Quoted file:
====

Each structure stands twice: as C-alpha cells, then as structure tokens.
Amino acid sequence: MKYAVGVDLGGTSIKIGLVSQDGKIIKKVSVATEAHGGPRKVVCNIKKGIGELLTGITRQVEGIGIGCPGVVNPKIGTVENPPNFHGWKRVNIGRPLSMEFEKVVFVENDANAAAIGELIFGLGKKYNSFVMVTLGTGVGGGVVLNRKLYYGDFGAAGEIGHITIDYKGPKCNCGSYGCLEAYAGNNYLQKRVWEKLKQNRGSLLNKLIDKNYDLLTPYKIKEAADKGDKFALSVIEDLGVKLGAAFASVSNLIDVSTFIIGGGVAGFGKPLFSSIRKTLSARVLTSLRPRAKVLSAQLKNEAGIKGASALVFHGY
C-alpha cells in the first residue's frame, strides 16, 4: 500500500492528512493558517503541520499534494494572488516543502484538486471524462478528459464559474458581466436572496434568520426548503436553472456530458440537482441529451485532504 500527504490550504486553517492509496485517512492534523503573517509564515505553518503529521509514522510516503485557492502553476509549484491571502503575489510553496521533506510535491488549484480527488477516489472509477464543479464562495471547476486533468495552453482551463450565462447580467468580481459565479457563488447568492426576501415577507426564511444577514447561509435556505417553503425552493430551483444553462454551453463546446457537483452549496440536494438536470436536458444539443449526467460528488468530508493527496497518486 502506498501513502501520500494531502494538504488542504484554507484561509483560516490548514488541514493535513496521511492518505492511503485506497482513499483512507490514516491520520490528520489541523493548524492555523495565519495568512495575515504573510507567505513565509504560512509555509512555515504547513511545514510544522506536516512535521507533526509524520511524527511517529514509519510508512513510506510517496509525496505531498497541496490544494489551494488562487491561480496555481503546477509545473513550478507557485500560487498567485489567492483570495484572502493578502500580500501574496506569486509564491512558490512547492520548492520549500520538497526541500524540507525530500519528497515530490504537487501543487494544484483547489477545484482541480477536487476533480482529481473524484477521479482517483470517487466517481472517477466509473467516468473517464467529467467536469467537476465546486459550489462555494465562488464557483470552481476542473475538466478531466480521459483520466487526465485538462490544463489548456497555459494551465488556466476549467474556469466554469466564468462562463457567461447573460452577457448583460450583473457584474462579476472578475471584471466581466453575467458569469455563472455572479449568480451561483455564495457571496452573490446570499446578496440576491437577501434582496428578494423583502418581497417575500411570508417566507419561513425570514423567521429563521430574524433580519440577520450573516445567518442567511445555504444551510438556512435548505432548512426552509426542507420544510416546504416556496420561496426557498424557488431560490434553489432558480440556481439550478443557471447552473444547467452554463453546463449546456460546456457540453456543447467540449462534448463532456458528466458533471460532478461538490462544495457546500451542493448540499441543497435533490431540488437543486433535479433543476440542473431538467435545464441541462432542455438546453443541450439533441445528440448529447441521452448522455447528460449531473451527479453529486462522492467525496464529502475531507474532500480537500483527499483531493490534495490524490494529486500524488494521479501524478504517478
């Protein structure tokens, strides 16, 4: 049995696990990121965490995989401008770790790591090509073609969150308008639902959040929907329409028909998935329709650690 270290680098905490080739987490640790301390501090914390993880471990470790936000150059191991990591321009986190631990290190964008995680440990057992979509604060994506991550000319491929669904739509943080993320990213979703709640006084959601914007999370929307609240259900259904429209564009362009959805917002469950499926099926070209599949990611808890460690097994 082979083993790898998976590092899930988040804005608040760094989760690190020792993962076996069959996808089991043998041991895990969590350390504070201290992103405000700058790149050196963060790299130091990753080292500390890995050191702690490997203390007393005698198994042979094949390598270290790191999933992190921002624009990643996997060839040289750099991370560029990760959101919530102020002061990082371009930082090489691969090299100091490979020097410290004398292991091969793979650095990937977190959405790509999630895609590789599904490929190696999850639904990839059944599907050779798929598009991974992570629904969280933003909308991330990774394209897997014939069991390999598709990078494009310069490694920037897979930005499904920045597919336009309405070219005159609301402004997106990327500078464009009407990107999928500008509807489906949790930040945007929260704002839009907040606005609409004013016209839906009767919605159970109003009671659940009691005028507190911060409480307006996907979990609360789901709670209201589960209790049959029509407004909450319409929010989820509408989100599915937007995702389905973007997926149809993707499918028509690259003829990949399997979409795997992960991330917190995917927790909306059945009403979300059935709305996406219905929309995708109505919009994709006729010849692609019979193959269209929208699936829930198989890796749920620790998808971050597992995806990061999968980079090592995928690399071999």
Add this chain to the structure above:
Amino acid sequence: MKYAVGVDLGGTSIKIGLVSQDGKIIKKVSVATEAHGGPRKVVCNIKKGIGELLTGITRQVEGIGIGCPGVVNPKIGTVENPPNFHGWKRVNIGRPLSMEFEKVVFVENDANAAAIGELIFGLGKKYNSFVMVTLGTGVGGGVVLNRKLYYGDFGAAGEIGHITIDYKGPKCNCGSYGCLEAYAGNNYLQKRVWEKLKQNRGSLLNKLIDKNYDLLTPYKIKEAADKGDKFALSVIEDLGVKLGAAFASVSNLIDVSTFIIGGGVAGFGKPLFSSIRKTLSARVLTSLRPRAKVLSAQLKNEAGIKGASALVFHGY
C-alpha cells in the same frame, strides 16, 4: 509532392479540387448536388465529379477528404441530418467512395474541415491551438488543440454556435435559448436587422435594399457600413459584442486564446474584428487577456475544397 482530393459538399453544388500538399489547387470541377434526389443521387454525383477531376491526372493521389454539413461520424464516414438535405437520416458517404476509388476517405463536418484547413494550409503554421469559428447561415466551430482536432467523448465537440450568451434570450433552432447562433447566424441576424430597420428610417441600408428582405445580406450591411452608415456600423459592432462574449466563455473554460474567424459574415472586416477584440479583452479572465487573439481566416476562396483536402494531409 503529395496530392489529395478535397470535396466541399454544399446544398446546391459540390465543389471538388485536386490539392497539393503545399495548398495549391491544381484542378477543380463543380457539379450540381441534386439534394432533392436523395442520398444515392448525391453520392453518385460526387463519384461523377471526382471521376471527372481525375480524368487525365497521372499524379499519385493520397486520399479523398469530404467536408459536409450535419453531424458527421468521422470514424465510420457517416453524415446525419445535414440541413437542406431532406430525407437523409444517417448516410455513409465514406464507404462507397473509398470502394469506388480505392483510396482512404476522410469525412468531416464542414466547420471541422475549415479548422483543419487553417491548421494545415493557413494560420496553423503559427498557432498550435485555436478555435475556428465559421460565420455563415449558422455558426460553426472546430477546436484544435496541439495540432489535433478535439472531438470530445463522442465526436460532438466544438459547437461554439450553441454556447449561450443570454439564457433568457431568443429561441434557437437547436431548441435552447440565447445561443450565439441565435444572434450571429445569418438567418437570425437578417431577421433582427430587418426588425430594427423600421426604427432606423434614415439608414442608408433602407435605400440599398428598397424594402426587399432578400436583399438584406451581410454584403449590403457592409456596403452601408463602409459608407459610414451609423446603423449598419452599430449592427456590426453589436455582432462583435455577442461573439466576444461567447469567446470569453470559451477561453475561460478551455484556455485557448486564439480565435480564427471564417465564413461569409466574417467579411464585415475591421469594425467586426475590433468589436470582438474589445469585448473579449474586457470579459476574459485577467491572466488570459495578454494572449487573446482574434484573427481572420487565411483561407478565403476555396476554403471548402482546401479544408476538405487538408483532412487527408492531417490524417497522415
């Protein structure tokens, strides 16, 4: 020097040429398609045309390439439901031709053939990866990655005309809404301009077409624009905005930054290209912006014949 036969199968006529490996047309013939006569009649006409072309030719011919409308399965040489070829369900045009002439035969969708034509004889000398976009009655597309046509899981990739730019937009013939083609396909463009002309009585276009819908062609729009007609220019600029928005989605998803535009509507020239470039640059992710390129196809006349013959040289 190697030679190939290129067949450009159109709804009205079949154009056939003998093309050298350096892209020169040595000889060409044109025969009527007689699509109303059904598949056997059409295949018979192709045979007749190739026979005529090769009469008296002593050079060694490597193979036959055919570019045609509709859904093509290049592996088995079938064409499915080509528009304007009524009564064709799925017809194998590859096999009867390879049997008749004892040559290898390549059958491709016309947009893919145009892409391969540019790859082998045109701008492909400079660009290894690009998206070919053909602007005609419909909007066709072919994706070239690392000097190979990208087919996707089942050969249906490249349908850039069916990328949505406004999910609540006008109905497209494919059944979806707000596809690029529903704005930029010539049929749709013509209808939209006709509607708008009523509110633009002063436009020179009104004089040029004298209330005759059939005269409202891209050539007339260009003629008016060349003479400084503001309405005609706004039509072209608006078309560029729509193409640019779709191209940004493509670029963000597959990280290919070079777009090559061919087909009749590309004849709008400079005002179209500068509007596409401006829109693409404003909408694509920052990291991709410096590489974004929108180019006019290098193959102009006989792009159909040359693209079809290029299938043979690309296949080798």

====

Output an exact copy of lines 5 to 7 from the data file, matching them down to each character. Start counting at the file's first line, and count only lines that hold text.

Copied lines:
Add this chain to the structure above:
Amino acid sequence: MKYAVGVDLGGTSIKIGLVSQDGKIIKKVSVATEAHGGPRKVVCNIKKGIGELLTGITRQVEGIGIGCPGVVNPKIGTVENPPNFHGWKRVNIGRPLSMEFEKVVFVENDANAAAIGELIFGLGKKYNSFVMVTLGTGVGGGVVLNRKLYYGDFGAAGEIGHITIDYKGPKCNCGSYGCLEAYAGNNYLQKRVWEKLKQNRGSLLNKLIDKNYDLLTPYKIKEAADKGDKFALSVIEDLGVKLGAAFASVSNLIDVSTFIIGGGVAGFGKPLFSSIRKTLSARVLTSLRPRAKVLSAQLKNEAGIKGASALVFHGY
C-alpha cells in the same frame, strides 16, 4: 509532392479540387448536388465529379477528404441530418467512395474541415491551438488543440454556435435559448436587422435594399457600413459584442486564446474584428487577456475544397 482530393459538399453544388500538399489547387470541377434526389443521387454525383477531376491526372493521389454539413461520424464516414438535405437520416458517404476509388476517405463536418484547413494550409503554421469559428447561415466551430482536432467523448465537440450568451434570450433552432447562433447566424441576424430597420428610417441600408428582405445580406450591411452608415456600423459592432462574449466563455473554460474567424459574415472586416477584440479583452479572465487573439481566416476562396483536402494531409 503529395496530392489529395478535397470535396466541399454544399446544398446546391459540390465543389471538388485536386490539392497539393503545399495548398495549391491544381484542378477543380463543380457539379450540381441534386439534394432533392436523395442520398444515392448525391453520392453518385460526387463519384461523377471526382471521376471527372481525375480524368487525365497521372499524379499519385493520397486520399479523398469530404467536408459536409450535419453531424458527421468521422470514424465510420457517416453524415446525419445535414440541413437542406431532406430525407437523409444517417448516410455513409465514406464507404462507397473509398470502394469506388480505392483510396482512404476522410469525412468531416464542414466547420471541422475549415479548422483543419487553417491548421494545415493557413494560420496553423503559427498557432498550435485555436478555435475556428465559421460565420455563415449558422455558426460553426472546430477546436484544435496541439495540432489535433478535439472531438470530445463522442465526436460532438466544438459547437461554439450553441454556447449561450443570454439564457433568457431568443429561441434557437437547436431548441435552447440565447445561443450565439441565435444572434450571429445569418438567418437570425437578417431577421433582427430587418426588425430594427423600421426604427432606423434614415439608414442608408433602407435605400440599398428598397424594402426587399432578400436583399438584406451581410454584403449590403457592409456596403452601408463602409459608407459610414451609423446603423449598419452599430449592427456590426453589436455582432462583435455577442461573439466576444461567447469567446470569453470559451477561453475561460478551455484556455485557448486564439480565435480564427471564417465564413461569409466574417467579411464585415475591421469594425467586426475590433468589436470582438474589445469585448473579449474586457470579459476574459485577467491572466488570459495578454494572449487573446482574434484573427481572420487565411483561407478565403476555396476554403471548402482546401479544408476538405487538408483532412487527408492531417490524417497522415